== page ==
What are the most common causes of inflammation, and what symptoms can people experience?
If you’ve ever been stung by a bee, sprained your ankle, or suffered from a runny nose as the result of the common cold or an allergy, then you have encountered inflammation. Inflammation is your body’s reaction to irritation, injury, or infection. The ability to mount an inflammatory response is essential for survival; but the ability to control inflammation is essential for good health. Excessive or uncontrolled inflammation can result in a vast array of diseases such as arthritis, gout, eczema, psoriasis, crohn’s disease, ulcerative colitis and inflammatory bowel disease. Systemic inflammation is also believed to be linked to heart disease and Alzheimer’s disease.
What dietary factors can contribute?
Getting the right balance of Essential Fatty Acids is vital in managing inflammation. Omega-3 and omega-6 fatty acids are considered essential as our bodies cannot produce these fats, so we must obtain them from a healthy diet or through supplementation. Omega-6 mostly sends pro-inflammatory messages, whereas omega-3 helps calm inflammation by sending anti-inflammatory messages. Unfortunately, we tend to consume up to 20 times more omega-6 to omega-3, leading to more inflammation being produced, therefore leading to more inflammatory conditions then ever before. To manage inflammation, I would recommend 2-3 portions of oily fish weekly (salmon, sardines, anchovies, mackerel, tuna) or taking a high quality omega-3 fish oil daily. Make sure the fish oil you choose is 100% pure, natural and stable. We recommend Eskimo-3.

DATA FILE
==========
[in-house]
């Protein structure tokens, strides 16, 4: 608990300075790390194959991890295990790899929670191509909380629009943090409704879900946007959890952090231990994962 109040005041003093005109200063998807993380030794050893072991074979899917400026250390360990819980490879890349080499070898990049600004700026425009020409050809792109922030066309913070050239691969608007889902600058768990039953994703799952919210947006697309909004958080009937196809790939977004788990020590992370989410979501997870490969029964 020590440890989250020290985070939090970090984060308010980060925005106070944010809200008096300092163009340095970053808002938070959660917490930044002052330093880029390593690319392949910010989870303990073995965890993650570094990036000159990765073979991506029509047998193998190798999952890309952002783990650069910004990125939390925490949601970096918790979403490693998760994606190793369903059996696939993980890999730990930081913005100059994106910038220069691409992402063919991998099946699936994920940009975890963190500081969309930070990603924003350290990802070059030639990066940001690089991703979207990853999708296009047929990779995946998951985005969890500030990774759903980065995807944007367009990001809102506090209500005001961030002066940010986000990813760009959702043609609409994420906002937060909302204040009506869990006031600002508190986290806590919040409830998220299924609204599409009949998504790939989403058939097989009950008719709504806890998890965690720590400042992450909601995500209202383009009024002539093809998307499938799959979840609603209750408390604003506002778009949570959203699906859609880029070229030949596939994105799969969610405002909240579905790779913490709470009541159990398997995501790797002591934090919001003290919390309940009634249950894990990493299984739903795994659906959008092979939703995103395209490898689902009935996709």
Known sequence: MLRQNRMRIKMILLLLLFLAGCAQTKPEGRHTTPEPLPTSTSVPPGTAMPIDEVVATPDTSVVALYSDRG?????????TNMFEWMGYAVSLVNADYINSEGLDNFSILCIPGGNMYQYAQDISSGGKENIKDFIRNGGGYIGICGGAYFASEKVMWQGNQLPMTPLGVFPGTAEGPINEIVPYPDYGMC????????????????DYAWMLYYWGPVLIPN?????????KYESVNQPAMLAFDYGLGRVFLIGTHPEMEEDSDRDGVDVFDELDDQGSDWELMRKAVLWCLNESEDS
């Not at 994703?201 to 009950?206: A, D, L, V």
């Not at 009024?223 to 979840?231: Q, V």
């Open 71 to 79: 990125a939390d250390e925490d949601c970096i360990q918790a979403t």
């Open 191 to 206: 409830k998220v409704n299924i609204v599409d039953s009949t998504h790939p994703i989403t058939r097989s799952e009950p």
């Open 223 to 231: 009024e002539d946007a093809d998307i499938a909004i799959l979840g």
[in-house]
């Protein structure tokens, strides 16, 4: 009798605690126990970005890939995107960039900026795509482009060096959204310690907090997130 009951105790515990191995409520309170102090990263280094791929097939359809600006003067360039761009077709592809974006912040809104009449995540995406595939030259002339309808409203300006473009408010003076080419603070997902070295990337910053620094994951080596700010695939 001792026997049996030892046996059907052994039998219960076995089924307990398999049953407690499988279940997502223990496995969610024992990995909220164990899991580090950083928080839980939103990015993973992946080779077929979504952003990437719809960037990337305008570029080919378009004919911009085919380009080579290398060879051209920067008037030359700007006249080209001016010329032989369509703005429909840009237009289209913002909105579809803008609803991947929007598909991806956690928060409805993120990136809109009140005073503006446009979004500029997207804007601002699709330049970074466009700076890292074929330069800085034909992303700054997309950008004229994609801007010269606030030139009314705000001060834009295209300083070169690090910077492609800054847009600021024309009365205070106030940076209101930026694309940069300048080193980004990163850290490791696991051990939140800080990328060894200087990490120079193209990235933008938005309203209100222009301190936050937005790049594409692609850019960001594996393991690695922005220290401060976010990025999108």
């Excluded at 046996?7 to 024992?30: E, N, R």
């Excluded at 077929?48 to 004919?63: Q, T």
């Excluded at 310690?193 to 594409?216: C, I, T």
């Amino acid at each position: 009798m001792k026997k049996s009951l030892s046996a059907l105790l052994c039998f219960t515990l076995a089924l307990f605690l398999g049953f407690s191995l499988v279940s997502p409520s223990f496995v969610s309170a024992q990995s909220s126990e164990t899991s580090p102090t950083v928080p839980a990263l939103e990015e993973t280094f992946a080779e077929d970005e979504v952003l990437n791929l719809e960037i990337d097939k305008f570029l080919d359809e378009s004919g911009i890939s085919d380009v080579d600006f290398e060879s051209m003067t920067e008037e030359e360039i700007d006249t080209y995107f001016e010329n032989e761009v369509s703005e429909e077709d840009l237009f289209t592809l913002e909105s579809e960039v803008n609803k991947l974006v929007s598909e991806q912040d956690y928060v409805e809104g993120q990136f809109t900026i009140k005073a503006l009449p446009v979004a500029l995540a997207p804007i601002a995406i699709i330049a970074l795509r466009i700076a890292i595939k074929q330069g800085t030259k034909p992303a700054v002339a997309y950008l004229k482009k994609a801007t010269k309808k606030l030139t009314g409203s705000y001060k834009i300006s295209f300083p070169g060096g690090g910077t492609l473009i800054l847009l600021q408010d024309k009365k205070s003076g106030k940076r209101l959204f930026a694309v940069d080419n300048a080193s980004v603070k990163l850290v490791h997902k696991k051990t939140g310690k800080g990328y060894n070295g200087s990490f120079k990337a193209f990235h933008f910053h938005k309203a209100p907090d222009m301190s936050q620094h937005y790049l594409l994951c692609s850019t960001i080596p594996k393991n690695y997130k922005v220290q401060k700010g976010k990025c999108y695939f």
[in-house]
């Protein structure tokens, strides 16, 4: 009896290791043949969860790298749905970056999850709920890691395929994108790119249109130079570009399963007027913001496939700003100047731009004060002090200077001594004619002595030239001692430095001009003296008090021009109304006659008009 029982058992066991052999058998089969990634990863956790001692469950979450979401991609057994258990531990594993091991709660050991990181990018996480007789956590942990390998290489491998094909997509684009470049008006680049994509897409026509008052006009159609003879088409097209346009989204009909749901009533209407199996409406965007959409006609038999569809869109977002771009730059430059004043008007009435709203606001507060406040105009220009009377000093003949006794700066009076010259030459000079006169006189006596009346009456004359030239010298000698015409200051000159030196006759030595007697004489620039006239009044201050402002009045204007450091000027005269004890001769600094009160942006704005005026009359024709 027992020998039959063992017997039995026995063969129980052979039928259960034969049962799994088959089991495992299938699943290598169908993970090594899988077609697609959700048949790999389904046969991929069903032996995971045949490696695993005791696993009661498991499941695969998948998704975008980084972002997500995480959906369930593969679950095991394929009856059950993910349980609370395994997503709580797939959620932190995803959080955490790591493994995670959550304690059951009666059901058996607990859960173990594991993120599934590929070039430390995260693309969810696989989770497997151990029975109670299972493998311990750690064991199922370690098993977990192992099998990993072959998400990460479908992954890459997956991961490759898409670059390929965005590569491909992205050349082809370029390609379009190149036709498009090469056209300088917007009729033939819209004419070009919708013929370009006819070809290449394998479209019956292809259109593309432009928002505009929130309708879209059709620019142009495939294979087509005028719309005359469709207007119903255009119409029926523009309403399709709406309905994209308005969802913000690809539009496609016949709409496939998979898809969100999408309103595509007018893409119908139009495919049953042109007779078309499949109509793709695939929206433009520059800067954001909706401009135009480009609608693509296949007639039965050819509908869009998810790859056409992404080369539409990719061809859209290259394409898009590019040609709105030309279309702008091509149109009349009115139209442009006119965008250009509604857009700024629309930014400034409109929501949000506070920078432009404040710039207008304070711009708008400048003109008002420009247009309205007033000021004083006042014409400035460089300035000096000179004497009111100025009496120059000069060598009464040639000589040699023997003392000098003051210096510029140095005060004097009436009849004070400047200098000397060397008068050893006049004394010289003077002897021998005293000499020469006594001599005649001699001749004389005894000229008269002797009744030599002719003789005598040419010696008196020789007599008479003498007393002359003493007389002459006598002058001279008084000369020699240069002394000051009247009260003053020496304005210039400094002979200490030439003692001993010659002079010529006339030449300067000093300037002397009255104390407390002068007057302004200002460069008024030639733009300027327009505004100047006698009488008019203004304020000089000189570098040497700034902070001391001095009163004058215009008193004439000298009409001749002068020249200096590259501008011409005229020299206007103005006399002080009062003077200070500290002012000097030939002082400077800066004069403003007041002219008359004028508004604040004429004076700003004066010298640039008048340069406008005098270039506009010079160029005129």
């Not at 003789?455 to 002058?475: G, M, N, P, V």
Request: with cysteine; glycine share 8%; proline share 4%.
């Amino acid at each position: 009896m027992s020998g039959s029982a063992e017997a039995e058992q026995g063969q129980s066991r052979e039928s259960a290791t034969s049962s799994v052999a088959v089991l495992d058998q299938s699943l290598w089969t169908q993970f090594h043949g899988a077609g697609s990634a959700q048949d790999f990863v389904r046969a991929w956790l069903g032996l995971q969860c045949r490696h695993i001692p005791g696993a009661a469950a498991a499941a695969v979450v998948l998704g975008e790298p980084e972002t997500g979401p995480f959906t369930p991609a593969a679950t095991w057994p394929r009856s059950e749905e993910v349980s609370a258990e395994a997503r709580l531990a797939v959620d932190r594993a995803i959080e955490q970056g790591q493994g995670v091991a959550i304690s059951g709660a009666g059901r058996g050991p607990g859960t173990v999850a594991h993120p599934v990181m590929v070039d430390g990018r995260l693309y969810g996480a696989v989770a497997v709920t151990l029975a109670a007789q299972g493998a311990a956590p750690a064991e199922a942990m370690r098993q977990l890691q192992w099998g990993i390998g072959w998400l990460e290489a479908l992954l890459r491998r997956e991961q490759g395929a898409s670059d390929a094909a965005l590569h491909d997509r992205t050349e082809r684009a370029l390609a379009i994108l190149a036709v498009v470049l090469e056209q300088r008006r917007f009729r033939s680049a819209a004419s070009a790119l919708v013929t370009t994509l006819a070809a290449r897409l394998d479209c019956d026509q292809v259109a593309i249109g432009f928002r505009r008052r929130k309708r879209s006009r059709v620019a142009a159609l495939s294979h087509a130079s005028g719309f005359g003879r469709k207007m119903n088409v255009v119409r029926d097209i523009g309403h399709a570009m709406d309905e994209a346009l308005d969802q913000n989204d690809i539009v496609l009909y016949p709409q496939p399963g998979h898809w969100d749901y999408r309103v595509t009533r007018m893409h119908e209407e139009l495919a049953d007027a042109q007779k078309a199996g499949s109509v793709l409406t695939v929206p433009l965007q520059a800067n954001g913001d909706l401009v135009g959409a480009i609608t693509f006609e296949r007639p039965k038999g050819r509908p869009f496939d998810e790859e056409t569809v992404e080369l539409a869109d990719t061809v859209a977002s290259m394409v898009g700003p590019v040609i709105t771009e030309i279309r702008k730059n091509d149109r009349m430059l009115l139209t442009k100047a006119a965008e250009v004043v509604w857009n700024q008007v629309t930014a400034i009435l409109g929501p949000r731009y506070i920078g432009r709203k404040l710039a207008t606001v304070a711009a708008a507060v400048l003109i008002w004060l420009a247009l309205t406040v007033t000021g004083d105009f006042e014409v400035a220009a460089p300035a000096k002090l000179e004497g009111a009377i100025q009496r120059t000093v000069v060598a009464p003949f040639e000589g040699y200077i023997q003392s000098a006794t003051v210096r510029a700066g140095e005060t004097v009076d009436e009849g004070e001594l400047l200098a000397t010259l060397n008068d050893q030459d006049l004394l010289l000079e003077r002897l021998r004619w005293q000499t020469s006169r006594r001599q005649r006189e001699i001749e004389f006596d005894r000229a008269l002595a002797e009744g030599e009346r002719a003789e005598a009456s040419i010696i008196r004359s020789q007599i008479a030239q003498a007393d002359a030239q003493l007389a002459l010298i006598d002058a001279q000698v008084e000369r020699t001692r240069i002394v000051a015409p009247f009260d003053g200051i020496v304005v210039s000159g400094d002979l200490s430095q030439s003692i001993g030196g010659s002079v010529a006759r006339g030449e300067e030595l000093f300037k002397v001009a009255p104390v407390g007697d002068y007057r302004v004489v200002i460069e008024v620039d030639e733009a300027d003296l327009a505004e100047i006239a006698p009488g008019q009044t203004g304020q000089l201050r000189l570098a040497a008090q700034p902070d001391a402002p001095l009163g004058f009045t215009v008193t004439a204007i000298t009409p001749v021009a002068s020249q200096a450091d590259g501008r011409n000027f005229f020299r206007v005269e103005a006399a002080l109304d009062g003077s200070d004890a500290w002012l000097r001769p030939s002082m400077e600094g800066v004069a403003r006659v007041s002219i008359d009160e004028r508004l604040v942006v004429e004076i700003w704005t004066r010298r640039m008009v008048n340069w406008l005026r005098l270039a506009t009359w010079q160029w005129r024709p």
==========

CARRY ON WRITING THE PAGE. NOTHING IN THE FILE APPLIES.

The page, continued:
Too much foods rich in Omega-6 ALA (the bad omega-6) can contribute to inflammation – so its best to lessen your intake of red meats, processed meats, vegetable oils highly refined foods (prepackaged buns, biscuits, cakes, pastries, doughnuts etc), deep fried foods, and fast food. It’s ok to eat a portion of lean red meat once a week.
Some people find that the deadly nightshade family – potatoes, tomatoes, peppers and aubergines – increase inflammation and pain, therefore they are best avoided.
What nutritional and lifestyle advice can you offer to help reduce inflammation?
Eating plenty of alkalising foods such as fresh fruits and vegetables, green leafy vegetables, dried fruit, wholegrain bread, rice, quinoa and millet, oily fish, raw nuts or seeds and drinking 8 glasses of water, coconut water, green vegetable juices or herbal teas – nettle tea, green tea, ginger tea or chamomile tea will all help.
Spices such as curcumin and ginger are excellent at reducing inflammation. Curcumin and Ginger extract both offer anti-inflammatory benefits, however they work synergistically as they both reduce different inflammatory markers, thereby having a complete anti-inflammatory effect. You can use these spices in cooking or make a warm herbal drink regularly to help combat inflammation. If this proves difficult, you can take a curcumin and ginger complex daily to help keep inflammation at bay.
Too much stress can also contribute to inflammation, so it is important to exercise, practice yoga, pilates or walk regularly in order to help reduce stress and manage inflammation.
Read our full blog posts on tips to support sore joints here.
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